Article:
Title

Optimal Deployment of Formally Specified Distributed Systems

Date of Completion

January 2011

Keywords

Computer Science

Degree

Ph.D.

Abstract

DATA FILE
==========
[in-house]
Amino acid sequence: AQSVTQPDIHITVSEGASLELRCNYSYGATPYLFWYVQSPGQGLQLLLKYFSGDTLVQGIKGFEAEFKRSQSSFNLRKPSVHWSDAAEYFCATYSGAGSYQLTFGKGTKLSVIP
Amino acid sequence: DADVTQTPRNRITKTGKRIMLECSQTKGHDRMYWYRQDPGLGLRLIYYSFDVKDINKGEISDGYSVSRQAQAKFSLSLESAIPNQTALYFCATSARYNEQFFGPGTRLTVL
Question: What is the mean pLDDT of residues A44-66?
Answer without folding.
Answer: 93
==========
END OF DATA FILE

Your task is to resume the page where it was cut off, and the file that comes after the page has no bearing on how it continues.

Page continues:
The performance characteristics of a distributed computer system depend, in part, on the placement of its components within the target network. For a given pattern of interactions among components, hosting decisions involve tradeoffs between local and remote communication, in the context of constraints such as the separation of components for fault-tolerance. This thesis explores the use of constraint programming for calculating optimal deployments of formally specified distributed systems. ^ Two related deployment problems are identified. The first assigns components to hosts, typically at system initialization, in order to minimize communication costs. The distributed systems are specified and proved correct using T EMPO, a formal specification language and development environment. This thesis extends the TEMPO language with deployment annotations for specifying target network characteristics and hosting constraints. An annotated system specification then is translated into a program that calculates an optimal deployment honoring the constraints. The optimization program is written in COMET, a state-of-the-art constraint programming language. Constraint programming models are developed for networks with and without bandwidth restrictions on the communication links. In both cases, the model outperforms mixed-integer programming (MIP) techniques. ^ The second deployment problem assigns data items to participating hosts in a data replication service, where the objective is to minimize the communication costs to contact a sufficient subset of data items, called a quorum. In order for the data replication service to be long-lived, the locations of the data items are dynamically reconfigurable in response to changes in the target network. The constraint programming model is applied to RAMBO, a formally specified atomic read/write shared memory service for dynamic networks. Each RAMBO participant observes its message frequencies and delays, communicates this data to the other participants, and uses it to request timely quorum reconfigurations. A new configuration is calculated by the constraint programming model, with experimental results indicating feasible response times for RAMBO networks and quorums of reasonable size. ^